I always get quizzical looks from folks when I explain that I teach both French and the History of Medicine at Vanderbilt University (faculty webpage). But once they understand my background, it ends up making perfect sense.
As the granddaughter of French immigrants, I’ve never been able to shake the genetic connection I have to French-speaking Europe (I’ve written about those connections here and here). And over the years, I’ve lived in Belgium, Paris, and Aix-en-Provence.
Writing has also always been in my blood. I worked at the student newspaper when I was an undergraduate at Indiana University and considered a degree in Journalism. But as always, French beckoned. After majoring in French and Political Science at IU, I went on to earn my Ph.D. at the University of Wisconsin-Madison.
It was at Madison that I discovered a passion that has shaped my work as an academic and a writer. UW is home to top programs in the History of Science/Medicine, and I completed a graduate minor in the field.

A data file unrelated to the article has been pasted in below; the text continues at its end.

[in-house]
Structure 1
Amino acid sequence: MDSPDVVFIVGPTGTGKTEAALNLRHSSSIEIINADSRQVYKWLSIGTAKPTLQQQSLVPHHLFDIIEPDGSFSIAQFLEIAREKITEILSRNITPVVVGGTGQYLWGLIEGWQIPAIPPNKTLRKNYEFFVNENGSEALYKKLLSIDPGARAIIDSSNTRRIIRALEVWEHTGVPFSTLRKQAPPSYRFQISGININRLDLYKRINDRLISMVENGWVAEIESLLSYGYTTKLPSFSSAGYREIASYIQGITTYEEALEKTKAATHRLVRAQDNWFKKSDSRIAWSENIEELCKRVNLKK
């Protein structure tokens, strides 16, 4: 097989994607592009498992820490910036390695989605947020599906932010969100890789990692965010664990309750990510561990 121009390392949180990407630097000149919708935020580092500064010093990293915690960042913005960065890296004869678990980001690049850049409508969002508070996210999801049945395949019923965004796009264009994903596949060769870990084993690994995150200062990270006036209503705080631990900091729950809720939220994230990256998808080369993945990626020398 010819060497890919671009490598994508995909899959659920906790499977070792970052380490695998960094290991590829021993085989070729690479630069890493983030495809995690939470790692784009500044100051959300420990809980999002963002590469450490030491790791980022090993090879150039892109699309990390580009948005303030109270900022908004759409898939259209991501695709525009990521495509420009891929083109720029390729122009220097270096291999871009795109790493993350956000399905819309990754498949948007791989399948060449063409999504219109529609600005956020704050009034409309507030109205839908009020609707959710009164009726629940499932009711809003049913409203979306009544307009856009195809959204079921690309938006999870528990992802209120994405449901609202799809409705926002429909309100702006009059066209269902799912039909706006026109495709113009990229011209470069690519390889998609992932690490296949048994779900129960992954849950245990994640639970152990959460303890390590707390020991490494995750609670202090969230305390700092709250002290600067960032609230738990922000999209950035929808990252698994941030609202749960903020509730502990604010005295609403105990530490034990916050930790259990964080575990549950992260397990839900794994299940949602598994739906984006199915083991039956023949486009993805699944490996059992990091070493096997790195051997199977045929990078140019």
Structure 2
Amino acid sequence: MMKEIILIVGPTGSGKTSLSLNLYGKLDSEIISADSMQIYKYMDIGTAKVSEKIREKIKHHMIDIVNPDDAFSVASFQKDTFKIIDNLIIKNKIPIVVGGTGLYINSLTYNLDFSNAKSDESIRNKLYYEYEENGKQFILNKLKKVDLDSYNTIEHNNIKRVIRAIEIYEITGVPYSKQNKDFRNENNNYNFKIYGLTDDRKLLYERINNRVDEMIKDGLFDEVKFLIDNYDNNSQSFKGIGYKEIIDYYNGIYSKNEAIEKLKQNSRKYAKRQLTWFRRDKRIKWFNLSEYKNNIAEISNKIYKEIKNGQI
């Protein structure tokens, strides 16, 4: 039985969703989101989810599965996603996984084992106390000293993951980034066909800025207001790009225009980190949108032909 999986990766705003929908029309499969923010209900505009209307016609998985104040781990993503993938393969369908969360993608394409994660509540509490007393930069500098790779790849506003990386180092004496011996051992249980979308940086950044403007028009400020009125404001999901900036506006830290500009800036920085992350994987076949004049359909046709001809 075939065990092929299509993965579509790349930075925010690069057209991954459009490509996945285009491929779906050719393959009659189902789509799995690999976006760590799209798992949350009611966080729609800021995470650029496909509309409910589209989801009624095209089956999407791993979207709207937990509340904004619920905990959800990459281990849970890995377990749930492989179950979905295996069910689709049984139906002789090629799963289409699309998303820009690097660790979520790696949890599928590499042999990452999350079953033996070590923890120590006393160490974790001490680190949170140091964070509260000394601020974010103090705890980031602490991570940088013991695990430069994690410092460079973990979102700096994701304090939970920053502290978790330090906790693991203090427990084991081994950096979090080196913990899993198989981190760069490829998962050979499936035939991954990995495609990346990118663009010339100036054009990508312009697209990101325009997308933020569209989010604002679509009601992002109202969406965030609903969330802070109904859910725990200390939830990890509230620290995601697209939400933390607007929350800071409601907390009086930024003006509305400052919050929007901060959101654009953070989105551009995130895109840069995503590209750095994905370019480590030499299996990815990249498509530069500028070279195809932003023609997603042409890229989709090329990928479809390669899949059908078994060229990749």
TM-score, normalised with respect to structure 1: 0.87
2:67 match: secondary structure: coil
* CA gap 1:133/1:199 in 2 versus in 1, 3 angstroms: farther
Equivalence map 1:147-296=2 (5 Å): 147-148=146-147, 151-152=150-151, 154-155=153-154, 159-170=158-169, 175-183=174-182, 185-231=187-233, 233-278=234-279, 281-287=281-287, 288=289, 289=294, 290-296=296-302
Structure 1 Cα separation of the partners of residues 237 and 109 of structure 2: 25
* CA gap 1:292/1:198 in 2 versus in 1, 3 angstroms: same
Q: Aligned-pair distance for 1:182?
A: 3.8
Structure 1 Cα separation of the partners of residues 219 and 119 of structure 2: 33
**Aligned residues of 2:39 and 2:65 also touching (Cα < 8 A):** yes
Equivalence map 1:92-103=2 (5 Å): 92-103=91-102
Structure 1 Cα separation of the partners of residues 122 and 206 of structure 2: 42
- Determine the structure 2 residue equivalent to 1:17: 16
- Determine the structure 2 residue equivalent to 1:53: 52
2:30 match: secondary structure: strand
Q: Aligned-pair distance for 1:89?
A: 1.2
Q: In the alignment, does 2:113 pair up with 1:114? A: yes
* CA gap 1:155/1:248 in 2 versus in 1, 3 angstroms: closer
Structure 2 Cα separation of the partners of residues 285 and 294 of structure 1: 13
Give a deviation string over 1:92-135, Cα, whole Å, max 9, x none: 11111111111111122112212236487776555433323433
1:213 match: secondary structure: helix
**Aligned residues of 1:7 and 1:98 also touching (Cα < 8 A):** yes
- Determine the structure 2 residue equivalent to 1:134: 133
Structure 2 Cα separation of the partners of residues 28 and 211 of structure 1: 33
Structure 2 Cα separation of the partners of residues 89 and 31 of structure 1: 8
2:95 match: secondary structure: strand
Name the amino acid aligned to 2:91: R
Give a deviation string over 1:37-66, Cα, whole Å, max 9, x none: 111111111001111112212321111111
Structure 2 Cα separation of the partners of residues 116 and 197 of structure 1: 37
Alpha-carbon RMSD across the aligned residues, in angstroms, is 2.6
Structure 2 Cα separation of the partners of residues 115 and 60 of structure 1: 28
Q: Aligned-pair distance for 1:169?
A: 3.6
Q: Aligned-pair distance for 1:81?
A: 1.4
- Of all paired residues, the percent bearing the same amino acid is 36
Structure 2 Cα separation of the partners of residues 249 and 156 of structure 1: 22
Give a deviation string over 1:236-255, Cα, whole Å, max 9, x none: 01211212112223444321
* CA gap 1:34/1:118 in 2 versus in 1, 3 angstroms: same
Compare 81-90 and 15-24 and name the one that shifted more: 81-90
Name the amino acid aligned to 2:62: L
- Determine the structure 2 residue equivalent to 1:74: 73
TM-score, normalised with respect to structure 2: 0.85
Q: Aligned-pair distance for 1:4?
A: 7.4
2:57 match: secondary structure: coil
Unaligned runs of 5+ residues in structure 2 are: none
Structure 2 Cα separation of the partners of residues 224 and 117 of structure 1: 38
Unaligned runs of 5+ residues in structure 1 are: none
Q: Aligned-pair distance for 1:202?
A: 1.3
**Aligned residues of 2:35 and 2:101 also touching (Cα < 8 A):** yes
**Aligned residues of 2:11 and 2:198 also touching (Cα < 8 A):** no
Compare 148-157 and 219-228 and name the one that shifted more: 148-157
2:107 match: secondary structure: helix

Then, I landed a tenure-track position at Vanderbilt, where interdisciplinary studies are genuinely valued. And thanks to this, I have been able to teach and write about the History of Medicine and French Studies ever since.
I teach courses on the History of Early Medicine, Medicine and Literature, as well as courses on early French literature and culture. My research has been funded by the Newberry Library (Chicago), the Francis C. Wood Institute for the History of Medicine, the Wellcome Library for the History of Medicine, and Vanderbilt’s Research Scholar Fellowship program.
I’ve written two books on the history of medicine: Blood Work: A Tale of Medicine and Murder in the Scientific Revolution and Pregnant Fictions: Childbirth and the Fairy Tale in Early-Modern France. The next book is in the works as we speak and focuses on science and terror in the French Revolution.